Grant group access to the GitLab Kubernetes Agent’s CI/CD Tunnel
The GitLab Kubernetes Agent provides a secure connection between a Kubernetes cluster and GitLab. Until GitLab 14.2, the CI/CD Tunnel could only provide access to a cluster from CI/CD jobs ran in the Kubernetes Agent’s configuration project. In GitLab 14.3, we introduced support for groups to access the Agent through the CI/CD Tunnel. As a result, every project under the authorized group has access to the cluster without the need to register an agent for every project.
Edit a table’s structure visually in the new wiki editor
Editing a Markdown table that has 9 columns and 25 rows is one thing. But adding a tenth column to that table in Markdown? That involves very repetitive and error-prone edits to every row. One mistake or misplaced
| and the table fails to render.
The new WYSIWYG Markdown editor in the wiki lets you quickly and easily insert a table using the button in the toolbar. After selecting the initial number of rows and columns, however, dealing with the structure of the table can be more difficult. In GitLab 14.3, you can now click on the caret icon in the top right corner of any selected cell to add or remove columns and rows, either before or after the selected cell. Now, as your content scales, the complexity doesn’t follow suit.
Group-level permissions for Protected Environments
Typically, large enterprise organizations have an explicit permission boundary between developers and operators. Developers may deploy and test the application on lower-tier environments such as the development environment. Operators are responsible for deploying to higher-tier environments such as the production environment. Furthermore, in organizations where there are potentially thousands of projects under a single group, ensuring that all of the project-level protected environments are properly configured is not a scalable solution.
In this release, we are introducing group-level protected environments, based on the deployment tier as the identifier. This enables operators to responsibly lock down deployments to higher tier environments without unnecessarily preventing developers from doing their work as the maintainers of their individual projects.
Next Generation SAST to reduce Ruby false positives
GitLab SAST historically has been powered by over a dozen open-source static analysis security analyzers. These analyzers have proactively identified millions of vulnerabilities for developers using GitLab every month. These tools use a variety of different approaches for identifying vulnerabilities from basic regex pattern matching to abstract syntax tree parsing which can lead to issues with false positives. GitLab’s Secure tools already offer vulnerability fingerprinting allowing you to dismiss these false positives persistently, however, we want to go a step further and not require this manual triaging.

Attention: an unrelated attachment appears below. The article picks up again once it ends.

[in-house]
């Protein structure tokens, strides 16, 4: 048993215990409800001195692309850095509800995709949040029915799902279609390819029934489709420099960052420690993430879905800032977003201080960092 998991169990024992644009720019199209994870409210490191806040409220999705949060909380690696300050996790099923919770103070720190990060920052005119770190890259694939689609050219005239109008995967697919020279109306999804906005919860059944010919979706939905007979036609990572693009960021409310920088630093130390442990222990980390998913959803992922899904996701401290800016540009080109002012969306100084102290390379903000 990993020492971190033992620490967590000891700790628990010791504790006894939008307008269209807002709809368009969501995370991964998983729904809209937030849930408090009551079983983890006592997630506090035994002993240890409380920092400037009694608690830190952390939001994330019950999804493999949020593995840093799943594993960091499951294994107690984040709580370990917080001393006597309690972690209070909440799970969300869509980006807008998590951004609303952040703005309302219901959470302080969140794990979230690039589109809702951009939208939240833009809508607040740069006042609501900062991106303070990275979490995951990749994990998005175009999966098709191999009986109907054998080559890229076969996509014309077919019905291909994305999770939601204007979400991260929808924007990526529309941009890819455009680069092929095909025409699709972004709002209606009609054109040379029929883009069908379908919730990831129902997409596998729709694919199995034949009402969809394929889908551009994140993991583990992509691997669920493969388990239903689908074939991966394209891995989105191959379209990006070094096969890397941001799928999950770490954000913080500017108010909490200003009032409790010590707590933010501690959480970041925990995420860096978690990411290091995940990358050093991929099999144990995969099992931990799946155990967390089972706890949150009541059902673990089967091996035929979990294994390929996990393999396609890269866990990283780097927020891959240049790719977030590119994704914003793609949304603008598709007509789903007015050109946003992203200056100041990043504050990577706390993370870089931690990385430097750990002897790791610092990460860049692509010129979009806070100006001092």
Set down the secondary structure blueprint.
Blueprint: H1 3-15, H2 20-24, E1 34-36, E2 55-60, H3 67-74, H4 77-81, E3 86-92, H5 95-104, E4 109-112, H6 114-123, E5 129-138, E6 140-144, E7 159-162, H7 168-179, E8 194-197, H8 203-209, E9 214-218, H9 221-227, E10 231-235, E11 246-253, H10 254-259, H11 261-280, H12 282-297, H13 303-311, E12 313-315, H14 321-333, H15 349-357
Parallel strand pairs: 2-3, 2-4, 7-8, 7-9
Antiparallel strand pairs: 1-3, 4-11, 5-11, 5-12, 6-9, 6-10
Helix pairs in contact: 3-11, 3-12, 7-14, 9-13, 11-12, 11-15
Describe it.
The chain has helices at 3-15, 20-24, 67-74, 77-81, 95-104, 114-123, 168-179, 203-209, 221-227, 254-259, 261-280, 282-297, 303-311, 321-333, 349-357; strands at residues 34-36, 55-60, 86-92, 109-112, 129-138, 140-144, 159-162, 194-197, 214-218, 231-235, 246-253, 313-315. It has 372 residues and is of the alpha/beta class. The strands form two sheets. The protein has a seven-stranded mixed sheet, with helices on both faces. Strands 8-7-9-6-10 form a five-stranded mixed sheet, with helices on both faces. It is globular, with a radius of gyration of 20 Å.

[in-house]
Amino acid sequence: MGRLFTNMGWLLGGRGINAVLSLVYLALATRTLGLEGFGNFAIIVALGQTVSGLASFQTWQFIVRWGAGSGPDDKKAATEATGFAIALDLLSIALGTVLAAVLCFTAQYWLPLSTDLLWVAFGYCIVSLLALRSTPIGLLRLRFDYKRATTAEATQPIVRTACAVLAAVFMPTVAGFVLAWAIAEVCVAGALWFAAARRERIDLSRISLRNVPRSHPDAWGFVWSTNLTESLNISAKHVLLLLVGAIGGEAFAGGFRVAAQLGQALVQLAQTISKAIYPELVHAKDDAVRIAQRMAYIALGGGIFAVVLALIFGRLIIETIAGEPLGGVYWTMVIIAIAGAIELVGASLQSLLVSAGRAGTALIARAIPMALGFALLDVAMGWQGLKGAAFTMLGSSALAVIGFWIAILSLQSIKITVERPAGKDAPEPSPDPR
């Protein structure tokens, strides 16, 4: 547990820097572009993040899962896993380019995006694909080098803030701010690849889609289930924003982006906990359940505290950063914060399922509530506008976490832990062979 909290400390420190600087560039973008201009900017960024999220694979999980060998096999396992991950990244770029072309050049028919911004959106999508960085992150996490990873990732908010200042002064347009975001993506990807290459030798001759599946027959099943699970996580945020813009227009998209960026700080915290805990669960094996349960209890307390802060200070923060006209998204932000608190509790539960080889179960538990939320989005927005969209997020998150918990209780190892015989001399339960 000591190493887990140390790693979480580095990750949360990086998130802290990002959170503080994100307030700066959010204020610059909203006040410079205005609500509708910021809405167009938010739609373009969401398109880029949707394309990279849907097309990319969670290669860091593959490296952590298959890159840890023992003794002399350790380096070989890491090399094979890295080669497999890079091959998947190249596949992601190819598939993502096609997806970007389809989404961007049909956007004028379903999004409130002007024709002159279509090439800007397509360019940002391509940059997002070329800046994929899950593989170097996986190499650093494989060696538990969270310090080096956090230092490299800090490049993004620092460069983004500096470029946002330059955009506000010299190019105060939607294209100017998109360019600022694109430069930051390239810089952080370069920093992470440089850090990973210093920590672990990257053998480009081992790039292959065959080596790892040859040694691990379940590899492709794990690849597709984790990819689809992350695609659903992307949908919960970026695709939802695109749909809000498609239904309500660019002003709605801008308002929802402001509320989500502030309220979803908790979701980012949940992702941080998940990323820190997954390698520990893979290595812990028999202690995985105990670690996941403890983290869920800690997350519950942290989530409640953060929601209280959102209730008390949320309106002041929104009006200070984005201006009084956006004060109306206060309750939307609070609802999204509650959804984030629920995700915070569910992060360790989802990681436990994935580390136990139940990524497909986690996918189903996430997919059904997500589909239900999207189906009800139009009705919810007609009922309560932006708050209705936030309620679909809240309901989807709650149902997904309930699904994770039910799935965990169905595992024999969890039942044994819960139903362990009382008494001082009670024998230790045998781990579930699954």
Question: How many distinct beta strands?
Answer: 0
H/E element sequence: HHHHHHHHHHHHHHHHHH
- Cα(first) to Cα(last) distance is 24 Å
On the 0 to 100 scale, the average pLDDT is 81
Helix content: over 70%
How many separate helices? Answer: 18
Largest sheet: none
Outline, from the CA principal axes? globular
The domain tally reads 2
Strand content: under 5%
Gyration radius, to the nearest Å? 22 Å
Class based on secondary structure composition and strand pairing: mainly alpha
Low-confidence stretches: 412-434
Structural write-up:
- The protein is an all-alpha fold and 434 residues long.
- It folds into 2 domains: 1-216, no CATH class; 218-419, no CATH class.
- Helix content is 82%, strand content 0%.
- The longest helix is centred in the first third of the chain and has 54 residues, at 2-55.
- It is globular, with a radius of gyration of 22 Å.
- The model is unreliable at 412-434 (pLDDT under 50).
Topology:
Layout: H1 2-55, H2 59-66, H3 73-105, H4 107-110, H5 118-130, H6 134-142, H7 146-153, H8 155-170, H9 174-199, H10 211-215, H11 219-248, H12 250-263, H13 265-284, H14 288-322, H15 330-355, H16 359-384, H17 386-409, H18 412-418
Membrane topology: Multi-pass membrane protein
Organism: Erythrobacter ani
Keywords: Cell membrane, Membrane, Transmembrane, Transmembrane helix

Today we’re releasing the first version of our proprietary static application security testing engine built in-house and maintained by GitLab’s Static Analysis and Vulnerability Research groups. Initially, this tool is focused on Ruby and Rails to help reduce false positives. GitLab’s Next Generation SAST engine takes the learnings we’ve gained from years of running and maintaining the open source security tools that power GitLab SAST today and applying state-of-the-art program analysis techniques. This new engine leverages program representations that include data and control flow analysis and a novel pattern extraction language which can be used for both vulnerability detection and to eliminate vulnerabilities that may have been falsely reported by other integrated security tools. This engine also provides us the framework to start integrating different types of security testing offered within GitLab Ultimate to make them all smarter.
As your source code management, CI/CD, and security scanning provider, GitLab is uniquely positioned to deeply integrate security testing across your software development lifecycle (SDLC) to bring you fast, accurate, and scalable security results. We’re excited about the future of this new proprietary engine, and we look forward to expanding its availability, language coverage, and detection capabilities in future releases.
Include GitLab CI/CD configuration based on conditions
include is one of the most popular keywords to use when writing a full CI/CD pipeline. If you are building larger pipelines, you are probably using the
include keyword to bring external YAML configuration into your pipeline.
In this release, we are expanding the power of the keyword so you can use
rules conditions. Now, you can decide when external CI/CD configuration should or shouldn’t be included. This will help you write a standardized pipeline with the ability to dynamically modify itself based on the conditions you choose.
Use variables in other variables
CI/CD pipeline execution scenarios can depend on expanding variables declared in a pipeline or using GitLab predefined variables within another variable declaration. In 14.3, we are enabling the “variables inside other variables” feature on GitLab SaaS. Now you can define a variable and use it in another variable definition within the same pipeline. You can also use GitLab predefined variables inside of another variable declaration. This feature simplifies your pipeline definition and eliminates pipeline management issues caused by the duplicating of variable data. Note - for GitLab self-managed users the feature is disabled by default. To use this feature, your GitLab administrator will need to enable the feature flag.